Democrats don’t have any single one of these seats locked up. We do still favor them in NC-9, a district that covers some Charlotte suburbs before extending south and east along the South Carolina border. But it’s the shakiest Democratic prospect of any Republican-held seat we currently list as Leans Democratic, and we may very well favor former pastor Mark Harris (R) over Marine veteran Dan McCready (D) in the end. Additionally, Republican prospects seem better in some of these seats than they were several weeks ago. Rep. Scott Taylor (R, VA-2) appears to be leading former Navy commander Elaine Luria (D) in a historically competitive but GOP-leaning seat in Hampton Roads based on two recent independent polls, one from New York Times/Siena and another from Christopher Newport University’s Wason Center for Public Policy. We’re holding at Toss-up but the race may be moving in Taylor’s direction. And we are moving Rep. Steve Chabot (R, OH-1) from Toss-up to Leans Republican; his opponent, Hamilton County Clerk of Courts Aftab Pureval (D), has been struggling with a story involving using his local political campaign account to pay for an ad dealing with his congressional race. OH-1 is also a district designed specifically to elect a Republican, just like the 11 other Republican-held seats in Ohio, but keep an eye (still) on OH-1 and also OH-12, where Balderson narrowly beat Franklin County Recorder Danny O’Connor (D) in a nationally-watched special election but won’t have the same level of outside support he enjoyed last time (but a bigger midterm electorate in that district might be more GOP-leaning than the special electorate).

With all of the targets in this category, it stands to reason that the Democrats should be able to clear the relatively low bar of winning just one seat from it. We’re just not exactly sure which one of these districts would be that one (or more).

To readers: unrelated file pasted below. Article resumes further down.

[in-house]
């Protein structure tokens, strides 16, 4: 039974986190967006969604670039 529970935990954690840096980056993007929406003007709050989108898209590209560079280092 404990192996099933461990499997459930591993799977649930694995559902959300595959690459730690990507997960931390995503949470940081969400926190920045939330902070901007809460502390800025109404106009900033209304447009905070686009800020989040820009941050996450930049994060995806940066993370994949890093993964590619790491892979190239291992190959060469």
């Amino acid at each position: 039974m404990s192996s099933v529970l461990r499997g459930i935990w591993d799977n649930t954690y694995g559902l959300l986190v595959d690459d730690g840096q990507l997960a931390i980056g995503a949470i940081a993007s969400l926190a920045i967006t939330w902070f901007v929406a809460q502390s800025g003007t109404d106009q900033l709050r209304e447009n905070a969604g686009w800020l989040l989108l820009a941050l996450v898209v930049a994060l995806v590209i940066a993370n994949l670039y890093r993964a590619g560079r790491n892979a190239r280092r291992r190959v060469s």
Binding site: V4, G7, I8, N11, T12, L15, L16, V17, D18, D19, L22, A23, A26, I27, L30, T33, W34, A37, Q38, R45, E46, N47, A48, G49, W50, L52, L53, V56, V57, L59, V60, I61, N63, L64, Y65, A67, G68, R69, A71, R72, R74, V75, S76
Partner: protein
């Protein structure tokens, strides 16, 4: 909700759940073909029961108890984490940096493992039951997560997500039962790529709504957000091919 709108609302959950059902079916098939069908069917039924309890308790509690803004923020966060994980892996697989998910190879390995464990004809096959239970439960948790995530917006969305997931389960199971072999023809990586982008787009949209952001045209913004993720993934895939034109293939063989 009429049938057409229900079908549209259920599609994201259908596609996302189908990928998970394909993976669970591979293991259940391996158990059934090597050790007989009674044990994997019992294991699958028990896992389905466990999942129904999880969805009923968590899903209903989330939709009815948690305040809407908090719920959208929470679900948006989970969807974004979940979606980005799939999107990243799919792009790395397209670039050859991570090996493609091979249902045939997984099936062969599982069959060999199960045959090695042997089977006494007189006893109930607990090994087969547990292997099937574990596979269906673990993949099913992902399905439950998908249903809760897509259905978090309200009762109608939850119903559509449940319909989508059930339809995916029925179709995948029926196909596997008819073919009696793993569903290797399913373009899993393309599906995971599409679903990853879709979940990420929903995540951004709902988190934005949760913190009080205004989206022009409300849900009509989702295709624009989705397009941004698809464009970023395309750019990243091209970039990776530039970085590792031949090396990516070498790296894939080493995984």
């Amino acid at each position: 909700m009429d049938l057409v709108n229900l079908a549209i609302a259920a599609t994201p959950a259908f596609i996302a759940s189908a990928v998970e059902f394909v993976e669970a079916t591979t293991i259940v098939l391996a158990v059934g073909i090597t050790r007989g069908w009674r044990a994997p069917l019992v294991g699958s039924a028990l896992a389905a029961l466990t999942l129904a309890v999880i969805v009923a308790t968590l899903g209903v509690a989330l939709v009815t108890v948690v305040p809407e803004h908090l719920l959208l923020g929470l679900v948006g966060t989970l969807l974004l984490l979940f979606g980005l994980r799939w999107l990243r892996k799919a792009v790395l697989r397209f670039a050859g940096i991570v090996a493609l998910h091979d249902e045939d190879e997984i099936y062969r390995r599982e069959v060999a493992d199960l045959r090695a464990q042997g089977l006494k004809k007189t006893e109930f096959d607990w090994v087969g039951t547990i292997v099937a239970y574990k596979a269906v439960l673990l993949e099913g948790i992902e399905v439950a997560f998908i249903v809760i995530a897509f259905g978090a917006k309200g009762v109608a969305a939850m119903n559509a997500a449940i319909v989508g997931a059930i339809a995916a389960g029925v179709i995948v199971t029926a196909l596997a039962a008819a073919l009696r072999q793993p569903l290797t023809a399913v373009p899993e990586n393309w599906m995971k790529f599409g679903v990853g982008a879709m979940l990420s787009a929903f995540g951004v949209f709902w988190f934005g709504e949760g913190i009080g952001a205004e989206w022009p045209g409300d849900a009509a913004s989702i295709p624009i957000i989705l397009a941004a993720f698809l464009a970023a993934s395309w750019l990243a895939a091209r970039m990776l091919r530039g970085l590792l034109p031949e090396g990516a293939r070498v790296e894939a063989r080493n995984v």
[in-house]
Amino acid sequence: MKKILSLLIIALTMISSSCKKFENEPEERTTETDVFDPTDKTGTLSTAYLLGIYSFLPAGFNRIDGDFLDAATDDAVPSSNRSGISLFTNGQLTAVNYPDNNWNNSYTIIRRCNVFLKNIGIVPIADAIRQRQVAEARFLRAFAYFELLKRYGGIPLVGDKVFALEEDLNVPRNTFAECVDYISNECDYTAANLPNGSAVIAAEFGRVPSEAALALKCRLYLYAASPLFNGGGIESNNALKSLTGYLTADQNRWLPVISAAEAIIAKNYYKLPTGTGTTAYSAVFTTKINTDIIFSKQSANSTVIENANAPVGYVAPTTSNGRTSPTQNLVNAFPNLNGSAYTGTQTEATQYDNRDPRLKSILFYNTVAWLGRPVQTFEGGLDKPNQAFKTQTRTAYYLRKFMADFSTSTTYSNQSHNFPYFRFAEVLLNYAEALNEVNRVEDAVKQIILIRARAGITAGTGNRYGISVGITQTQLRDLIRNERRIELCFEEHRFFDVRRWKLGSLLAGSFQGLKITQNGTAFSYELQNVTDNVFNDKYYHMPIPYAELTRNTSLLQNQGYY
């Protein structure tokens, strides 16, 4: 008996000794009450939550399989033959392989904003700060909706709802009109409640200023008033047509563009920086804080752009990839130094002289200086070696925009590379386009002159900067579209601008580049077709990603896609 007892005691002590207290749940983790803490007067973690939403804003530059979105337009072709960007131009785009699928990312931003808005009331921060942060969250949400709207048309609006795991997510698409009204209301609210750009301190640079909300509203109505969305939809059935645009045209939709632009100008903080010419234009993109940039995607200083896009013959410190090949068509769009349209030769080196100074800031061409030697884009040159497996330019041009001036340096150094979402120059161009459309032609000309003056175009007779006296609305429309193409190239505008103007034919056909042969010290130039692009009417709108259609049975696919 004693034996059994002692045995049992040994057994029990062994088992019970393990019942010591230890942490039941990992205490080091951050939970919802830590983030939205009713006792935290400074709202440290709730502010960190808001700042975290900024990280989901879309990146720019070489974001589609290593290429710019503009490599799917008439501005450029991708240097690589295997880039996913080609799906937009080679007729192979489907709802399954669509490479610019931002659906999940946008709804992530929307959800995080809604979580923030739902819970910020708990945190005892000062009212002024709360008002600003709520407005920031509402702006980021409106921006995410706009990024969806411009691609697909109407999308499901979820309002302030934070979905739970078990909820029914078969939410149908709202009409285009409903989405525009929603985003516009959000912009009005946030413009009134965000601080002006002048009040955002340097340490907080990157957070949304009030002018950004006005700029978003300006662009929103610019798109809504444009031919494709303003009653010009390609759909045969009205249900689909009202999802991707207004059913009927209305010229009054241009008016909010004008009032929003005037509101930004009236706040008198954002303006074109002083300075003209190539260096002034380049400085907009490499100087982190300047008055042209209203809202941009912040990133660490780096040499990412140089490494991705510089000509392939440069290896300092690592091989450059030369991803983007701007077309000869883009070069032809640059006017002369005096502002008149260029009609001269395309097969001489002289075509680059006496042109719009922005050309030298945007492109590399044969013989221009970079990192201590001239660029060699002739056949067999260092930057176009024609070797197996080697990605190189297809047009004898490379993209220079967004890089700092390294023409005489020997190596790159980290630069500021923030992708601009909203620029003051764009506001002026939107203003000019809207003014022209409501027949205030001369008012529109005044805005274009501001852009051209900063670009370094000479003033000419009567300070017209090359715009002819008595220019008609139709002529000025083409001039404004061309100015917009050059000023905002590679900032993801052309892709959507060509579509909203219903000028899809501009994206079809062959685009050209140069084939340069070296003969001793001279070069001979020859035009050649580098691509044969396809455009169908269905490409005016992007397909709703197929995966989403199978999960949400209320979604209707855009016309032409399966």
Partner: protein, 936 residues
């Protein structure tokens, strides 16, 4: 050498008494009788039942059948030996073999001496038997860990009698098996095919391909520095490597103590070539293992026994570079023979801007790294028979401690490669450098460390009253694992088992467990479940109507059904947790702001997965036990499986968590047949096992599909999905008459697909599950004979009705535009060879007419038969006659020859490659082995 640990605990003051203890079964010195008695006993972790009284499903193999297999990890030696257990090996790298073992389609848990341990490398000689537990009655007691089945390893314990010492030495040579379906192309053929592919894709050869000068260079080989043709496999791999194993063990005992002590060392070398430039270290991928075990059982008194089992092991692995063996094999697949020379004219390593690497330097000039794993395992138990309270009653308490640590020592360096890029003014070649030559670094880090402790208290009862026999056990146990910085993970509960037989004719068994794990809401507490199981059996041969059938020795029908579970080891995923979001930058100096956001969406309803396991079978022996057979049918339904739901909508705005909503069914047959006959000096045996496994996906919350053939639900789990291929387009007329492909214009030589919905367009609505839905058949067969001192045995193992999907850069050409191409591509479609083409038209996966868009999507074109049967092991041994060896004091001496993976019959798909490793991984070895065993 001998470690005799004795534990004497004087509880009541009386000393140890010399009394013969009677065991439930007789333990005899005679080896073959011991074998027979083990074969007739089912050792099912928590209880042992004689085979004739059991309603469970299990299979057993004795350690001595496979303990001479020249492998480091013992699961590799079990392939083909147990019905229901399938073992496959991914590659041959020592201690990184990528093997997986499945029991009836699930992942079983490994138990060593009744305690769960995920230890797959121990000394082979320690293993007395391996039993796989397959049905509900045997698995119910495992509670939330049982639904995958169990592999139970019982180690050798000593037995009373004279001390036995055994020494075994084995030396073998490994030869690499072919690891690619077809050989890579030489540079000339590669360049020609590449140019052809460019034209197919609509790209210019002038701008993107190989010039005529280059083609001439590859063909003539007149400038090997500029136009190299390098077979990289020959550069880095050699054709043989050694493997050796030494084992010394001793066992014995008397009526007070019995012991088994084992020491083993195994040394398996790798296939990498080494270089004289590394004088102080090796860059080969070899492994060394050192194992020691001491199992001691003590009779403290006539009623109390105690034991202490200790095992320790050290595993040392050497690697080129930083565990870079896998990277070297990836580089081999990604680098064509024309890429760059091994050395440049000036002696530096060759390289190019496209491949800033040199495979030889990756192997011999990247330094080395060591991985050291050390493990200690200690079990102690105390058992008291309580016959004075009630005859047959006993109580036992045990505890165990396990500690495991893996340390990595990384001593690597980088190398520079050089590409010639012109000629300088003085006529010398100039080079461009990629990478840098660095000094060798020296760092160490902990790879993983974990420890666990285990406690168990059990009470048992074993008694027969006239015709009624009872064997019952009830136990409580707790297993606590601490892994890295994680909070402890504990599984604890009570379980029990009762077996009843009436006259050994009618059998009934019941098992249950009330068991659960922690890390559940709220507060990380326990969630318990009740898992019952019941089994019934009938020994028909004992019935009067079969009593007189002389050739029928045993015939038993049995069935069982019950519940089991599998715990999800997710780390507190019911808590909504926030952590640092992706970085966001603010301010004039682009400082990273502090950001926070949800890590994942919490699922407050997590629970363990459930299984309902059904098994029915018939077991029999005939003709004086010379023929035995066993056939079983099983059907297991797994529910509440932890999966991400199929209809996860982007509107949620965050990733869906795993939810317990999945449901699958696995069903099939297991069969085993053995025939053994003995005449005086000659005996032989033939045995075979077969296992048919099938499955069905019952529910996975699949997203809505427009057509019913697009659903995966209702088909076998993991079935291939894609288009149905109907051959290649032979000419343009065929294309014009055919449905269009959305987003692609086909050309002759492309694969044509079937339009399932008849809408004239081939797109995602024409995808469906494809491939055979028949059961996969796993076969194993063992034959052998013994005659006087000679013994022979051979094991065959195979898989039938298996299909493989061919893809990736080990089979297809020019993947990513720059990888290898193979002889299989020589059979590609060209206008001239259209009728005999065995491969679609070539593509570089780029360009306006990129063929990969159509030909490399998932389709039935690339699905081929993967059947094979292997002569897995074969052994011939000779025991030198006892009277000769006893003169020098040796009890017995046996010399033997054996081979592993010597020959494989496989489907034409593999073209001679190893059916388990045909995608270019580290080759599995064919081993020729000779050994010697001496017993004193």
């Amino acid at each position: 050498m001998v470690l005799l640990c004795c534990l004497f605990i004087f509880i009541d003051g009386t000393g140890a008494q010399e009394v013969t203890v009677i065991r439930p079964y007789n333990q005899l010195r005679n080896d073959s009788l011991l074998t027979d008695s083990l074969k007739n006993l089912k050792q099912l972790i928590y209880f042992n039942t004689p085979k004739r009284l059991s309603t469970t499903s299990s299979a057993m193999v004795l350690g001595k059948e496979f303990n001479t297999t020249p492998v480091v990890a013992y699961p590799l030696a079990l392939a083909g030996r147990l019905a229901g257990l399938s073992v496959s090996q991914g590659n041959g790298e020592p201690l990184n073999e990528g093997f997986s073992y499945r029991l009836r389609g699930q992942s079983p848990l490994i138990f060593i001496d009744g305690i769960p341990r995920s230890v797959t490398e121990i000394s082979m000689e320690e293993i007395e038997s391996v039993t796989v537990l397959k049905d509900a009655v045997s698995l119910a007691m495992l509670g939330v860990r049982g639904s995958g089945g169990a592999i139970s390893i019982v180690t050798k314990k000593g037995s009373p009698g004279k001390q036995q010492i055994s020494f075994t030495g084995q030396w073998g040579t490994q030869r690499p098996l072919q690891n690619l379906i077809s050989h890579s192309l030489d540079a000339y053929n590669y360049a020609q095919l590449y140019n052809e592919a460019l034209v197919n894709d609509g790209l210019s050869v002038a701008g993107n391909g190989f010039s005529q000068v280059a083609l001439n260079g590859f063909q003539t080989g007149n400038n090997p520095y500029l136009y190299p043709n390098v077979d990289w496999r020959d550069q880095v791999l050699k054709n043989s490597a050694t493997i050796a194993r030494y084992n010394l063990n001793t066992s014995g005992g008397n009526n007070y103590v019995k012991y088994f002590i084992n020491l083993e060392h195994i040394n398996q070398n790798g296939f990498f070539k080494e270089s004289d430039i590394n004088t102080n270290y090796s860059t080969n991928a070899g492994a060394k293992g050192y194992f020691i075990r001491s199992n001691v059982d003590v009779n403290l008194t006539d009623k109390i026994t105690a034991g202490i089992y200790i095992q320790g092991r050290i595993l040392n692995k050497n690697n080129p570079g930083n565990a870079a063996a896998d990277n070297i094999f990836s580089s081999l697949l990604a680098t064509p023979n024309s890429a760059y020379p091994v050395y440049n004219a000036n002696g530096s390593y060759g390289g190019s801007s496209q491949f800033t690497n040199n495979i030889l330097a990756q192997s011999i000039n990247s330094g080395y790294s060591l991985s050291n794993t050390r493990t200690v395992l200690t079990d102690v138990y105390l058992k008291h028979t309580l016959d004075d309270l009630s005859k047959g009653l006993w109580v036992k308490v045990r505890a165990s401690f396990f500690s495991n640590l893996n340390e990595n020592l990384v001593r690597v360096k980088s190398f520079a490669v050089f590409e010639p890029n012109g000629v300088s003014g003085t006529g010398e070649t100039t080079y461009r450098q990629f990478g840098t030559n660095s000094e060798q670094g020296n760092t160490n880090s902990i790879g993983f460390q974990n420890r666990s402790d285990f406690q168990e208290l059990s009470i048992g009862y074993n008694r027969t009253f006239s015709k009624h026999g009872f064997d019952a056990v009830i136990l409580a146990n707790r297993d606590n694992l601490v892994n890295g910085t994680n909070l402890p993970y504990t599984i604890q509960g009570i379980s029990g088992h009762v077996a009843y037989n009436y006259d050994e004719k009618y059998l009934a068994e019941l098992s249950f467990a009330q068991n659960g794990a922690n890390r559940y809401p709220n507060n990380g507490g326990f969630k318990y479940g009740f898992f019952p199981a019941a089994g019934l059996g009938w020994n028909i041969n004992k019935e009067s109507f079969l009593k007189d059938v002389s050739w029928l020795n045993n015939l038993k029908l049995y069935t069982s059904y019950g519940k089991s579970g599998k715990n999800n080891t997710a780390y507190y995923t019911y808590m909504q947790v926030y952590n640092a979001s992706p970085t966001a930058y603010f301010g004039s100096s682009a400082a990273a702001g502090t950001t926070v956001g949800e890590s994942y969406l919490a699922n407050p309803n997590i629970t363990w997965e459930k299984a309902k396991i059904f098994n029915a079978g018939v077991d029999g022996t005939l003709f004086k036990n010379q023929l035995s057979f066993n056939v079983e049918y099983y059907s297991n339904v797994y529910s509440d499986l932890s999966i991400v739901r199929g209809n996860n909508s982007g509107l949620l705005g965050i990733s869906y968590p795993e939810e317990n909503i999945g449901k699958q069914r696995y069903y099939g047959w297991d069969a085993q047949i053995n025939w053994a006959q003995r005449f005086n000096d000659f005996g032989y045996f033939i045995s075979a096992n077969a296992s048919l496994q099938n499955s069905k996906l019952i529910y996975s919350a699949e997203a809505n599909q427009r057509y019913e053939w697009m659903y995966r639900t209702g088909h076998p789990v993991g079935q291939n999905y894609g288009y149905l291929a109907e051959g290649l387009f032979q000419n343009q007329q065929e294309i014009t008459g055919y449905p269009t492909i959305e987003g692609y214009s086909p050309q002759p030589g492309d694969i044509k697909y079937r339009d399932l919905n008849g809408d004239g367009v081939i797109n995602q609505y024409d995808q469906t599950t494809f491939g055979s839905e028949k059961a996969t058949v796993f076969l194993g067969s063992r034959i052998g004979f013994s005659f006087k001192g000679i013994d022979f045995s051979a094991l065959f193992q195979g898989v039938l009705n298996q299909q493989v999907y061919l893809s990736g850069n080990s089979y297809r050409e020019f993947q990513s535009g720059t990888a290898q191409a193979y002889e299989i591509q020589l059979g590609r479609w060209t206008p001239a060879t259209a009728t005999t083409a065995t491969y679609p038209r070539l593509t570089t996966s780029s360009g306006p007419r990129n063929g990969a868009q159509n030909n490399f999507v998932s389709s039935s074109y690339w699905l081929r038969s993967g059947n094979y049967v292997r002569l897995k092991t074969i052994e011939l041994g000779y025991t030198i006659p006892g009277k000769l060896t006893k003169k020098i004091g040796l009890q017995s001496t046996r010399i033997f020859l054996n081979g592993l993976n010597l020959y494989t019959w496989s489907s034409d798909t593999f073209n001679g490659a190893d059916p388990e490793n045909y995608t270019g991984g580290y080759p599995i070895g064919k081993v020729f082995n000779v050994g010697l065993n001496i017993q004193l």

13. Bonus category: Prime Democratic targets unaccounted for above

Seats: FL-15 (Open), GA-7 (Rob Woodall), IL-14 (Randy Hultgren), MI-8 (Mike Bishop), NM-2 (Open), SC-1 (Open), and WV-3 (Open)

Democratic progress: Probably will win at least one.

The districts we identified in earlier versions of this framework still make up the lion’s share of the top Democratic targets, but the playing field has expanded over the past several months. Some of the districts that have gotten more competitive are noted above, but there are a handful of others that didn’t neatly fit into the categories above. They are included here.

Of these, Bishop, who represents some exurban Detroit turf as well as Michigan’s state capital of Lansing, is the most clearly endangered. He’s become a poster child for the GOP’s money troubles this cycle, as former Obama administration Defense Department official Elissa Slotkin (D) has blown him away in fundraising. Yet the race is still a Toss-up, if only barely. Additionally, a typically Republican open seat in southern New Mexico, NM-2, has turned into a jump ball. We are moving WV-3, a seat where Democrats have down-ballot strength despite being one of Trump’s best districts in 2016, from Toss-up to Leans Republican this week, but while state Delegate Carol Miller (R) seems to have taken a small lead over state Sen. Richard Ojeda (D), the race remains very competitive. Becoming more competitive down the stretch are two other open seats, FL-15 and SC-1, the latter of which we are moving from Likely Republican to Leans Republican this week, and two other typically Republican but well-educated and affluent suburban district representatives, Woodall in suburban Atlanta (GA-7) and Hultgren in Greater Chicago (IL-14).